Book Review: Dear Daughter By Elizabeth Little

“Beautiful women - they think they can get away with anything.”

― Elizabeth Little, Dear Daughter

The publication of Elizabeth Little's most recent book, "Dear Daughter," has led to both enormous success and widespread acclaim for her work. She has already written a few pieces of nonfiction before this book. Her ability to get praise from critics was aided by the novel Dear Daughter. It later appeared on the Los Angeles Times list of best-selling books as a bestseller. The book has been published all around the world and is also a Macavity and Barry Award nominee for Best First Book. The CWA included it on one of its longlists for the John Creasy Dagger. The well-known book also took up the Critics' Strand Award for Best Debut Novel.

Synopsis from Goodreads...

LA IT girl Janie Jenkins has it all. The looks, the brains, the connections. The criminal record.

Ten years ago, in a trial that transfixed America, Janie was convicted of murdering her mother. Now she's been released on a technicality she's determined to unravel the mystery of her mother's last words, words that send her to a tiny town in the very back of beyond. But with the whole of America's media on her tail, convinced she's literally got away with murder, she has to do everything she can to throw her pursuers off the scent.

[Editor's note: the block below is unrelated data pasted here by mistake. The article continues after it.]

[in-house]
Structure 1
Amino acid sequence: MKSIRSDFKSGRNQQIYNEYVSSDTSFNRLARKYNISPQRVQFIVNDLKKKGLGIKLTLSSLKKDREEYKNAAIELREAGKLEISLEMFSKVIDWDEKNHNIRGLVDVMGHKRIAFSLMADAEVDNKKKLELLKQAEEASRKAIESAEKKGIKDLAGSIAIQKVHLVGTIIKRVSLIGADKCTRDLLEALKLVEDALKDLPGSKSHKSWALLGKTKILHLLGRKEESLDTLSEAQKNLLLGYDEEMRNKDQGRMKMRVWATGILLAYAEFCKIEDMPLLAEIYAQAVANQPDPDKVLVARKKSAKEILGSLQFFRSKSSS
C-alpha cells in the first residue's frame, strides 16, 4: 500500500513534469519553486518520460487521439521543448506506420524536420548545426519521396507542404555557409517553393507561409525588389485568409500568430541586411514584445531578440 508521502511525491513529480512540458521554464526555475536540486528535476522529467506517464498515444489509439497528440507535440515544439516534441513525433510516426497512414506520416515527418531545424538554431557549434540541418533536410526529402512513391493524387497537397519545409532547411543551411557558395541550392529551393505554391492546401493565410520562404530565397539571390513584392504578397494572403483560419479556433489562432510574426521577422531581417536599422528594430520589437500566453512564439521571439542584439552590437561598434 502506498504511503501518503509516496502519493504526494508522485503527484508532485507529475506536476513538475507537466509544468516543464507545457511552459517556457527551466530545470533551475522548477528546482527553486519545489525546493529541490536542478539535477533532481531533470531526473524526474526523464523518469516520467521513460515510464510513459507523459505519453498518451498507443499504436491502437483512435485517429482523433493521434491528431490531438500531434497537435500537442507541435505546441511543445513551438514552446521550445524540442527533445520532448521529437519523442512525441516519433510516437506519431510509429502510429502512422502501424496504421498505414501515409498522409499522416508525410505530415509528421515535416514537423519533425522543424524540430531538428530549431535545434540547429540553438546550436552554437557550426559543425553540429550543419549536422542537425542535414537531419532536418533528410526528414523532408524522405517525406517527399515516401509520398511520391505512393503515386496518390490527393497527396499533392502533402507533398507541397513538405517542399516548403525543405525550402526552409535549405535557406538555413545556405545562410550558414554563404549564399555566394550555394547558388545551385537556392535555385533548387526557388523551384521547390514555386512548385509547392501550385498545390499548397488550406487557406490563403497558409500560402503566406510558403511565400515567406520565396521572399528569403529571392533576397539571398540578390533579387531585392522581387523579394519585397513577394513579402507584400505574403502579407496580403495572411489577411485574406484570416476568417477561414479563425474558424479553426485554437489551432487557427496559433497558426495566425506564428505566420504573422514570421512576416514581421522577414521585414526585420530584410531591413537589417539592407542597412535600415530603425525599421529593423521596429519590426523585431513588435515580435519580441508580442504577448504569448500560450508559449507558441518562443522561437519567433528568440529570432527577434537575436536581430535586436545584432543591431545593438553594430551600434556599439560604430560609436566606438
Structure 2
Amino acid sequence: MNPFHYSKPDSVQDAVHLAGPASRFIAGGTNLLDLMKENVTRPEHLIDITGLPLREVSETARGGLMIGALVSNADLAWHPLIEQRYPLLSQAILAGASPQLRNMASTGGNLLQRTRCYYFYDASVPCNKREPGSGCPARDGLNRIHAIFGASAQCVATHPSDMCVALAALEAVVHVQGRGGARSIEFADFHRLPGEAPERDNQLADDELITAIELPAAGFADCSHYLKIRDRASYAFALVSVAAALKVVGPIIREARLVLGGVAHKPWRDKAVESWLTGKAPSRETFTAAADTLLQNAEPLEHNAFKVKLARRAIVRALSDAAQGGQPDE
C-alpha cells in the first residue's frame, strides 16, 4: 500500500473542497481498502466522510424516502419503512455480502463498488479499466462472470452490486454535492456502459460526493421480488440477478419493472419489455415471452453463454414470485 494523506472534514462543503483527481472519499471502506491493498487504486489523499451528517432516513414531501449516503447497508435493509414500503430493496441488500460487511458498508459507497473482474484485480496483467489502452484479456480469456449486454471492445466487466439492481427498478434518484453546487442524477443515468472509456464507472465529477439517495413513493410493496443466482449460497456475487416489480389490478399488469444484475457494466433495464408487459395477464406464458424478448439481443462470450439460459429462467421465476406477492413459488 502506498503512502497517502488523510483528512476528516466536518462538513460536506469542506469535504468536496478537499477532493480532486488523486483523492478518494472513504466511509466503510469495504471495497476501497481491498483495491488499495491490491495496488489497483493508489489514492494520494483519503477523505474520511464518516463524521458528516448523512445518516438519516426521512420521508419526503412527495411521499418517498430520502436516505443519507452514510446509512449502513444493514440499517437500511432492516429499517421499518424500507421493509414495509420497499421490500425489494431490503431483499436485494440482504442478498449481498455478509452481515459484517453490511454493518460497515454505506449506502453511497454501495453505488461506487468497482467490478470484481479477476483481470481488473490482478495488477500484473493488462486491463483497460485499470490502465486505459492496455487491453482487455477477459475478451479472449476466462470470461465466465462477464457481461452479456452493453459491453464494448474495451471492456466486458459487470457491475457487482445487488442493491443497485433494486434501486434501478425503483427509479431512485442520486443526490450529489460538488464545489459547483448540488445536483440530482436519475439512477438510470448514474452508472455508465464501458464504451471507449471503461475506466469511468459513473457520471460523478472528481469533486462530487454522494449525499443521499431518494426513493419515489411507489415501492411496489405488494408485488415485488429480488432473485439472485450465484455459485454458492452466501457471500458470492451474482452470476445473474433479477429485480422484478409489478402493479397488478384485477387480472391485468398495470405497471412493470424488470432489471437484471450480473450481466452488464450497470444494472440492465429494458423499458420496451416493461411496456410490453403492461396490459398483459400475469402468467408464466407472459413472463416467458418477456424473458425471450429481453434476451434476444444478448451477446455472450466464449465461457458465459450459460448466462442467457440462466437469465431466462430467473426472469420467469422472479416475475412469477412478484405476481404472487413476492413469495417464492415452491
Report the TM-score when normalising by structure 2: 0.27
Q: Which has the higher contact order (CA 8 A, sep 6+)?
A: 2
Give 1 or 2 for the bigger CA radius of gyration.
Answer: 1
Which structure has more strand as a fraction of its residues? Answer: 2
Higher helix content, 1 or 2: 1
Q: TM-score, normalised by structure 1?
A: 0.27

She knows she really didn't like her mother. Could she have killed her?

My reaction to the book...

I was quite thrilled to read this novel after hearing so many positive things about it. It came highly recommended by Entertainment Weekly. I read some positive feedback. My attention was peaked by the description. It kept my attention to the very end... However, it never quite came together. About two-thirds of the way through the novel, I gave up attempting to distinguish between the numerous identical characters since I couldn't warm up to any of them, especially the tedious, pampered protagonist Janie.  Despite spending ten years behind bars, she is still sassy, constantly saying the wrong thing at the wrong moment, and putting herself in trouble for no obvious cause.

This novel had a lot of room to grow, but it was in dire need of an editor who would have drawn a story line and encouraged the author to keep to it. The personalities and motivations of the characters were also inconsistent. Additionally, I got the vibe that the author merely "had insights" without really considering how to actualize them.  However, there is nothing profound or inspiring in this.

The primary character struck me as being uncharismatic as well. The supporting cast's characters lack depth. The story's events are improbable. And the conclusion is just absurd. Not exactly the makings of an interesting read. It's unbelievably dull! I'm not sure whether I'll suggest this to other book readers, but this one is worthy of nothing more. Despite my naïve belief that it had to improve at some point, it actually became worse as I forced myself to finish it. There was no such result. Too many unimportant characters in a monotonous, muddled narrative.

My Overall Rating: ⭐

"You can get away with anything if you wear great clothes, throw great parties, and give money to kids with cleft palates.”

This, I believe, is true for some, particularly those who are powerful and have committed a crime. Some use their powers to escape their misdeeds, while others are readily judged depending on their current status.

Where to buy this book...


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